Women undergoing single or double mastectomy as part of their breast cancer treatment have the option to select an advanced microsurgical plastic surgery technique – the DIEP flap – for autologous tissue breast reconstruction. DIEP is an acronym for Deep Inferior Epigastric Artery Perforator, the system of lower abdominal wall blood vessels that are used to perfuse the tissue for the newly reconstructed breast.
This muscle-sparing procedure, which has gained increased popularity among breast cancer patients who are undergoing complete breast removal, effectively recreates one or both breasts using a woman’s own adipose tissue.
The DIEP flap approach involves removing a “carefully contoured” section of fat, skin and small blood vessels from the patient’s lower abdomen (the donor site) and moving it to the chest wall where the plastic surgeon reattaches the vessels and rebuilds the breast. Because no muscle is used as part of the reconstruction, patients recover quicker, with no risk of losing abdominal strength.
The DIEP flap is an excellent choice for patients who want natural breast reconstruction, have adequate abdominal tissue available to perform the procedure and are good candidates medically to undergo the surgery. The technique provides women with breasts which are natural in appearance and texture. It is also a more desirable approach than the use of implants, which normally must be replaced approximately every 10-15 years.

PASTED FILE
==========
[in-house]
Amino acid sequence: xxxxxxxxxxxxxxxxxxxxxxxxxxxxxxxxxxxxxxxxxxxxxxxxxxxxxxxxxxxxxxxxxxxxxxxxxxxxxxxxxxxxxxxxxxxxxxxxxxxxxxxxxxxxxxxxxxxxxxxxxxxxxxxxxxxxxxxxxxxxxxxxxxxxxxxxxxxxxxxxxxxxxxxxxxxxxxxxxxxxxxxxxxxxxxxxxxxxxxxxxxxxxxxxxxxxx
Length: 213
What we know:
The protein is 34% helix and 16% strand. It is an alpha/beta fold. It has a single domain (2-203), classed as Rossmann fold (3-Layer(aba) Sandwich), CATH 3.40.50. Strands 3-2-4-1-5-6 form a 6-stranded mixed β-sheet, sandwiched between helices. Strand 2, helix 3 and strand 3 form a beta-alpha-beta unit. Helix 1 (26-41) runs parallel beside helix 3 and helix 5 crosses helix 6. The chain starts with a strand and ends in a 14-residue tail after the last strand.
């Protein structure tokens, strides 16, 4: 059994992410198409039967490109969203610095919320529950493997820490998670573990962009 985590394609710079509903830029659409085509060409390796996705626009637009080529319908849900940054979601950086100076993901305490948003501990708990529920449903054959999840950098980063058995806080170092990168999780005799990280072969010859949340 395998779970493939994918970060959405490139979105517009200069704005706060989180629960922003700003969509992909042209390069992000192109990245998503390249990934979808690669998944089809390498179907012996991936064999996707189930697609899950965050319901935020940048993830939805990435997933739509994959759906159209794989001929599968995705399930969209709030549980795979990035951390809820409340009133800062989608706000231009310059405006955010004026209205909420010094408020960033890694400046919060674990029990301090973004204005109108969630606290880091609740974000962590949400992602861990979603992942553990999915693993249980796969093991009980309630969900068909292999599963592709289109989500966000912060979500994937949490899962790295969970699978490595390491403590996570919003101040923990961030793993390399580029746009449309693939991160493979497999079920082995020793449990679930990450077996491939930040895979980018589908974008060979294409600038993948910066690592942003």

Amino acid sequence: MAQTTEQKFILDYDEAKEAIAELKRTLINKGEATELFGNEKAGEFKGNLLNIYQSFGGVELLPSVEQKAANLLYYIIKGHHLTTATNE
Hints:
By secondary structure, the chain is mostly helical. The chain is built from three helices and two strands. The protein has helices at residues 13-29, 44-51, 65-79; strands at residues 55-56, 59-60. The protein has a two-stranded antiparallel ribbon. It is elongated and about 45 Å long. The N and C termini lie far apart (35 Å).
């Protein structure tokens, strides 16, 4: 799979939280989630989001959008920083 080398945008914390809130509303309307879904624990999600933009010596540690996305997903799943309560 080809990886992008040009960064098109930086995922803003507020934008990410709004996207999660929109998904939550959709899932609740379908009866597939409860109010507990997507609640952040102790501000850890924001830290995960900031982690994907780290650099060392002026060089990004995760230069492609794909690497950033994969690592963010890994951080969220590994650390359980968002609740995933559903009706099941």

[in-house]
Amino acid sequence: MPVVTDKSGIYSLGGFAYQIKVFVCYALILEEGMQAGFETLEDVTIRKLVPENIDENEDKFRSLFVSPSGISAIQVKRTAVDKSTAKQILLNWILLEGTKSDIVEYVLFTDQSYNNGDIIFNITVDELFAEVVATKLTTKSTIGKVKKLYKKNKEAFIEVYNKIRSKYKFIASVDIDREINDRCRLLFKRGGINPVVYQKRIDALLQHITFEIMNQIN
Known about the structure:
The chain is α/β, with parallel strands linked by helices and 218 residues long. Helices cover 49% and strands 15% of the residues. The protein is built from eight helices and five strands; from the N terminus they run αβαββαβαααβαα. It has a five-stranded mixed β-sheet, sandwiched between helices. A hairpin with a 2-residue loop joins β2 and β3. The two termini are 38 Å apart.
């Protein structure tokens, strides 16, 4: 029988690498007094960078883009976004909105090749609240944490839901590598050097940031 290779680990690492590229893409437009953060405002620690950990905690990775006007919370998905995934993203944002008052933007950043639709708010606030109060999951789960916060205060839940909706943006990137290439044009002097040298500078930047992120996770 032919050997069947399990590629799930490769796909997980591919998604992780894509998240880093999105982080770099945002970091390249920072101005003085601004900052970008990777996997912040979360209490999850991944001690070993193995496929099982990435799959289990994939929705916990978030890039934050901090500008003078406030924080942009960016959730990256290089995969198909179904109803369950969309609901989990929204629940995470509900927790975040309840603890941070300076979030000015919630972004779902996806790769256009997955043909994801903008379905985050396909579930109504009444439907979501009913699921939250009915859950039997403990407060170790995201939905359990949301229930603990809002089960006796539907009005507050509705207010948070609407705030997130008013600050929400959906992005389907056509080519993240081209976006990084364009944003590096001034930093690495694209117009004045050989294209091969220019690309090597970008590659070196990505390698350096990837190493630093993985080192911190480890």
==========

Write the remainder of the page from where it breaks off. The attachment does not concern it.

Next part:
An added advantage of the procedure is that it leaves women with a flatter stomach. Because extra fat and skin are removed from the abdominal wall, the surgery gives patients a “tummy tuck,” which, for those who have just lost a breast to cancer, can be one piece of good news emotionally.
Studies have shown the DIEP flap approach to be safe and reliable with minimal complications.
Women who opt for DIEP flap surgery can expect a three-to-four-day stay in the hospital. Soreness associated with the chest and abdominal incisions is expected, and certain activities during the recovery process are limited. The procedure normally leaves the patients with a scar below the “bikini line.” The breast scars have been customized to be short and hidden. For some patients, the nipple areolar complex can be saved and gives a very natural end result.
Many patients who are diagnosed with breast cancer and are recommended to undergo a single mastectomy often decide to have a double mastectomy to remove the unaffected breast so they do not develop breast cancer again later in life. Patients who have inherited the breast cancer gene typically schedule a bilateral prophylactic mastectomy. These patients meet with the plastic surgeon in advance and if they are candidates for this special procedure, then plans are made for DIEP flap breast reconstruction on the same day as the breast cancer removal surgery.